“The Commodore,” “Old Luff,” “The Mayor,” and “Gin and Sugar Sall,” were played to admiration, and received great applause. But at the first appearance of that universal favourite, Jack Chase, in the chivalric character of Percy Royal-Mast, the whole audience simultaneously rose to their feet, and greeted hire with three hearty cheers, that almost took the main-top-sail aback.
Matchless Jack, in full fig, bowed again and again, with true quarter-deck grace and self possession; and when five or six untwisted strands of rope and bunches of oakum were thrown to him, as substitutes for bouquets, he took them one by one, and gallantly hung them from the buttons of his jacket.
“Hurrah! hurrah! hurrah!—go on! go on!—stop hollering—hurrah!—go on!—stop hollering—hurrah!” was now heard on all sides, till at last, seeing no end to the enthusiasm of his ardent admirers, Matchless Jack stepped forward, and, with his lips moving in pantomime, plunged into the thick of the part. Silence soon followed, but was fifty times broken by uncontrollable bursts of applause. At length, when that heart-thrilling scene came on, where Percy Royal-Mast rescues fifteen oppressed sailors from the watch-house, in the teeth of a posse of constables, the audience leaped to their feet, overturned the capstan bars, and to a man hurled their hats on the stage in a delirium of delight. Ah Jack, that was a ten-stroke indeed!
The commotion was now terrific; all discipline seemed gone for ever; the Lieutenants ran in among the men, the Captain darted from his cabin, and the Commodore nervously questioned the armed sentry at his door as to what the deuce the people were about. In the midst of all this, the trumpet of the officer-of-the-deck, commanding the top-gallant sails to be taken in, was almost completely drowned. A black squall was coming down on the weather-bow, and the boat-swain’s mates bellowed themselves hoarse at the main-hatchway. There is no knowing what would have ensued, had not the bass drum suddenly been heard, calling all hands to quarters, a summons not to be withstood. The sailors pricked their ears at it, as horses at the sound of a cracking whip, and confusedly stumbled up the ladders to their stations. The next moment all was silent but the wind, howling like a thousand devils in the cordage.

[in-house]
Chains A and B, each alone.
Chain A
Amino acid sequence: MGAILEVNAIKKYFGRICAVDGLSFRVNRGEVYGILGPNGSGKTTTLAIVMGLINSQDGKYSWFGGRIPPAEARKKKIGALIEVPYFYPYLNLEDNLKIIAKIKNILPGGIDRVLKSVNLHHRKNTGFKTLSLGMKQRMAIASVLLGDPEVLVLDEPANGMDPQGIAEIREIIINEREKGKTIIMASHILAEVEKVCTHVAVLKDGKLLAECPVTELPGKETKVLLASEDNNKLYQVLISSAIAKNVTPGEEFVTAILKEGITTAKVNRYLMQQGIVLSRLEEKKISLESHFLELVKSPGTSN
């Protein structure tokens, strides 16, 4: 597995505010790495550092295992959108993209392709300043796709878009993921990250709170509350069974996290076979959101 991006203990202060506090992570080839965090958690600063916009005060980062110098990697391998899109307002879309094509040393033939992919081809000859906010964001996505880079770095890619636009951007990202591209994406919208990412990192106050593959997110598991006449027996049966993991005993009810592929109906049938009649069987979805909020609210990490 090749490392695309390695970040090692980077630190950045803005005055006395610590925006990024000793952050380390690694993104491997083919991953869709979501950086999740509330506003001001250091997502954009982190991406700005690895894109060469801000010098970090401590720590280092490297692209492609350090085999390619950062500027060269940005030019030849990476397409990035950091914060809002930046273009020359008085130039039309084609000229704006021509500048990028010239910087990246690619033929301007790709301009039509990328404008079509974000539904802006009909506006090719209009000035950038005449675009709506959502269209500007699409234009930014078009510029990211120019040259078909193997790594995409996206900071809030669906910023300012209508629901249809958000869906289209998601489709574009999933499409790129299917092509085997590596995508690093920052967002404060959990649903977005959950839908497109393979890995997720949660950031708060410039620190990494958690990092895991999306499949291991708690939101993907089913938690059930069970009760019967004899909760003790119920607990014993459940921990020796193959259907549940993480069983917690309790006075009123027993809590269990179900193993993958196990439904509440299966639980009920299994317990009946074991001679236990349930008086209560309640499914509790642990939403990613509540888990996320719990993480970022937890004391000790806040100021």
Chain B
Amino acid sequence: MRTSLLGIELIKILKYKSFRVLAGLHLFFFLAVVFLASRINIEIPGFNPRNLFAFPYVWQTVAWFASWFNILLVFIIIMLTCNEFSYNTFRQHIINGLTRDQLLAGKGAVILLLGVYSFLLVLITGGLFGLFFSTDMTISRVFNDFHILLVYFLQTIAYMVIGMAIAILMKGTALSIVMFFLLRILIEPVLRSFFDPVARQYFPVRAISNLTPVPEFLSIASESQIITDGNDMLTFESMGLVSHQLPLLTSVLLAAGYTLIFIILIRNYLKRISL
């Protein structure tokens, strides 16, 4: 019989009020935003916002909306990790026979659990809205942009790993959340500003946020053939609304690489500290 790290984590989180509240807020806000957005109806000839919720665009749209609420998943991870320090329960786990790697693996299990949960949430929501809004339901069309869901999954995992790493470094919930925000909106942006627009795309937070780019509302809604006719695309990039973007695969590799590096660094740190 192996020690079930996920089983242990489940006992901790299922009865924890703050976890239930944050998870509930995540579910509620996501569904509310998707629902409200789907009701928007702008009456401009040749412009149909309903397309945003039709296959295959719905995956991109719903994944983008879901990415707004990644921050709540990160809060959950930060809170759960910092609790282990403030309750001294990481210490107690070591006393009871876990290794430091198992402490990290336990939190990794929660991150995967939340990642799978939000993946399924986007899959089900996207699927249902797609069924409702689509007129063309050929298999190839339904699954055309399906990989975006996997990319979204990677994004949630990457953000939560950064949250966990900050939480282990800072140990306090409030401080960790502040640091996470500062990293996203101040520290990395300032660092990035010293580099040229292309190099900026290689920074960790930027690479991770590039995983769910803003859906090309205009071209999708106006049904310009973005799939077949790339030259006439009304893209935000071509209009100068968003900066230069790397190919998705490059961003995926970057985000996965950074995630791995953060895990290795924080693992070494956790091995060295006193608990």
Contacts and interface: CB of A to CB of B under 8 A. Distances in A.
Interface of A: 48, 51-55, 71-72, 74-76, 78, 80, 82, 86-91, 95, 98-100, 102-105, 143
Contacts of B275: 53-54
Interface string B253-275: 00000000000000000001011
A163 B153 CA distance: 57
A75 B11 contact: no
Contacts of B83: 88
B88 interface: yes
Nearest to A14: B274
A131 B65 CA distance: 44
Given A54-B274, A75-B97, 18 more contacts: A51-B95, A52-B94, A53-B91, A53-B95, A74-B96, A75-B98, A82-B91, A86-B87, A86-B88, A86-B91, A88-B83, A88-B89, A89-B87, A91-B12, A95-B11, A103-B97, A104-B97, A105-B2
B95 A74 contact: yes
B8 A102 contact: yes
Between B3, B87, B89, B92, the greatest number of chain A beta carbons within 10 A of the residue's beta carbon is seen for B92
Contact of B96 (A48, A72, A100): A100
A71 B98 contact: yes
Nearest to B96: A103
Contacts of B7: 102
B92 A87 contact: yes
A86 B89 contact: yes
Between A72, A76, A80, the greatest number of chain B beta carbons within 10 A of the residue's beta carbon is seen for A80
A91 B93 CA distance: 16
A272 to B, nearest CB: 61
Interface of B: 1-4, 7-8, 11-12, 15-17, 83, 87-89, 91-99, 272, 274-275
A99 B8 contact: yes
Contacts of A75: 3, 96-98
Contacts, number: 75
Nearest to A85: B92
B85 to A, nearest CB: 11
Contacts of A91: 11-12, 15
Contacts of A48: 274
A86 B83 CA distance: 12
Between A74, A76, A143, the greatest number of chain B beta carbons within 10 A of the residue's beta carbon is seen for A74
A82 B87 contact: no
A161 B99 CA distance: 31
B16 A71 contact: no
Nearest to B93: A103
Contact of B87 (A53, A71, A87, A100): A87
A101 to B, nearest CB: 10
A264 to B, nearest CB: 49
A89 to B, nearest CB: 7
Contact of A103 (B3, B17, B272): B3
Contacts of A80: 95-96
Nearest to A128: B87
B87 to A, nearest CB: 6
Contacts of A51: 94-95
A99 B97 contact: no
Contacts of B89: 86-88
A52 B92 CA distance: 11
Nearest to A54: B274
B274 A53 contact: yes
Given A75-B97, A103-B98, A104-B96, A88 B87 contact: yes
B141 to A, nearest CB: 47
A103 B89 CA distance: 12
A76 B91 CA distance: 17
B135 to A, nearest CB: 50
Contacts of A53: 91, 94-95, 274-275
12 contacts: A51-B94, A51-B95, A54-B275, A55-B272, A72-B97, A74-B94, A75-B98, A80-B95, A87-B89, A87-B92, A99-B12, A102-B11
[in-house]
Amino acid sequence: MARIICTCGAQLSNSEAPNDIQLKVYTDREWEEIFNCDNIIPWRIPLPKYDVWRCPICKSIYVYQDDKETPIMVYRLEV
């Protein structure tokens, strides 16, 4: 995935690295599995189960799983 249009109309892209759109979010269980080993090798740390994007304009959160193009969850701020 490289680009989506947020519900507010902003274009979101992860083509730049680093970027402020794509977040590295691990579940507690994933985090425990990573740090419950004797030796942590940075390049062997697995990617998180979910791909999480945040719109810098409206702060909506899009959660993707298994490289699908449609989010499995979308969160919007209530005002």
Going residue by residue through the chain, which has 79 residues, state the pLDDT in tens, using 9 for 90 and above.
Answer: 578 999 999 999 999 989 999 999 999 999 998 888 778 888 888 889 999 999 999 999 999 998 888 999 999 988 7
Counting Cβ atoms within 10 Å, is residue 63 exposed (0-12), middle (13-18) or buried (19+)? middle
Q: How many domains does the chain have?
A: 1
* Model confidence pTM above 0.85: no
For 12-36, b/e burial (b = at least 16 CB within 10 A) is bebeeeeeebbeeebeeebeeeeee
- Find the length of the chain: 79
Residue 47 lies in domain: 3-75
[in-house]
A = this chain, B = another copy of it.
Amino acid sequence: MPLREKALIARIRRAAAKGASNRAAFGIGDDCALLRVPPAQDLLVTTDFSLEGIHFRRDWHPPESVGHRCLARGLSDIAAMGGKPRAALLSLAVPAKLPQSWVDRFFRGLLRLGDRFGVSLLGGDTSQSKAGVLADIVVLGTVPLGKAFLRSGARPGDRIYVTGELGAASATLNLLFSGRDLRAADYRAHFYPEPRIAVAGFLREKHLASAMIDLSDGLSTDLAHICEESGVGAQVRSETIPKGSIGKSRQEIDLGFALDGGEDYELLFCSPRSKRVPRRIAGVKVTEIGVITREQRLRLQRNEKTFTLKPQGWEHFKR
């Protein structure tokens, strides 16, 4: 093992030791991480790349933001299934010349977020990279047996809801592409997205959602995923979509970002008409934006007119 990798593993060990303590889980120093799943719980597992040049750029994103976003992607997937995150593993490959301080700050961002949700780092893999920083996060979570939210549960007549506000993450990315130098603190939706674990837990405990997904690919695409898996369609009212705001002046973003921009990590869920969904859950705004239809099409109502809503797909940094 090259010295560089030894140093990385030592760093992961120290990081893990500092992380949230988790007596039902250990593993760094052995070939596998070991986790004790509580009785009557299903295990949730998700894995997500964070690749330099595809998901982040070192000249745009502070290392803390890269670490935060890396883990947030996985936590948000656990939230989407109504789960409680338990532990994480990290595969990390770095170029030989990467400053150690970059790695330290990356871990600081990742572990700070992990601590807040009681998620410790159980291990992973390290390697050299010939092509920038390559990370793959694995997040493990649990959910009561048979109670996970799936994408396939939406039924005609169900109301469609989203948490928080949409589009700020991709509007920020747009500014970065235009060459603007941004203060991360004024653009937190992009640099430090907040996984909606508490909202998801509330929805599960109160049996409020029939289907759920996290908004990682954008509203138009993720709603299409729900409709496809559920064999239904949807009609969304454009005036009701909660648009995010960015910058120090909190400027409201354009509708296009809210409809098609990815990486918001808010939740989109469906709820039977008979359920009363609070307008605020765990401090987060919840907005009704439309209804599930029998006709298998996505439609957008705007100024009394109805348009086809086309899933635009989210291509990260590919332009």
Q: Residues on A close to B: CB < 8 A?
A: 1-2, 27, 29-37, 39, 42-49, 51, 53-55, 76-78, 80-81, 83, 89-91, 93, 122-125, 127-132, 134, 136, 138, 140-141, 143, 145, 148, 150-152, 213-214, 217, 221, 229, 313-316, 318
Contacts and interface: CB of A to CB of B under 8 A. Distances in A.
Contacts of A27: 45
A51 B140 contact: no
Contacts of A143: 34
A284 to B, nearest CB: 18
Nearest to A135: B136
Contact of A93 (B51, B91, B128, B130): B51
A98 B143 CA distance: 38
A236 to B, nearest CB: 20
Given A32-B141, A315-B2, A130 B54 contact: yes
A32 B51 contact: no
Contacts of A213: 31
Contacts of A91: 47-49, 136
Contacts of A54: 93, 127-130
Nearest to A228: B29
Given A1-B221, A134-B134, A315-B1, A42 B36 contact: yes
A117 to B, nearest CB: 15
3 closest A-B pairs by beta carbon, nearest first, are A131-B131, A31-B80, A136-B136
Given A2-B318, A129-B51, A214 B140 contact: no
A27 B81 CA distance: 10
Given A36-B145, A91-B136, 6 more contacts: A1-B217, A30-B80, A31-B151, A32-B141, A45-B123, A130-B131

“Stand by to reef all three top-sails!—settle away the halyards!—haul out—so: make fast!—aloft, top-men! and reef away!”
Thus, in storm and tempest terminated that day’s theatricals. But the sailors never recovered from the disappointment of not having the “True Yankee Sailor” sung by the Irish Captain of the Head.
And here White-jacket must moralize a bit. The unwonted spectacle of the row of gun-room officers mingling with “the people” in applauding a mere seaman like Jack Chase, filled me at the time with the most pleasurable emotions. It is a sweet thing, thought I, to see these officers confess a human brotherhood with us, after all; a sweet thing to mark their cordial appreciation of the manly merits of my matchless Jack. Ah! they are noble fellows all round, and I do not know but I have wronged them sometimes in my thoughts.
Nor was it without similar pleasurable feelings that I witnessed the temporary rupture of the ship’s stern discipline, consequent upon the tumult of the theatricals. I thought to myself, this now is as it should be. It is good to shake off, now and then, this iron yoke round our necks. And after having once permitted us sailors to be a little noisy, in a harmless way—somewhat merrily turbulent—the officers cannot, with any good grace, be so excessively stern and unyielding as before. I began to think a man-of-war a man-of-peace-and-good-will, after all. But, alas! disappointment came.
Next morning the same old scene was enacted at the gang-way. And beholding the row of uncompromising-looking-officers there assembled with the Captain, to witness punishment—the same officers who had been so cheerfully disposed over night—an old sailor touched my shoulder and said, “See, White-Jacket, all round they have shipped their quarter-deck faces again. But this is the way.”
I afterward learned that this was an old man-of-war’s-man’s phrase, expressive of the facility with which a sea-officer falls back upon all the severity of his dignity, after a temporary suspension of it.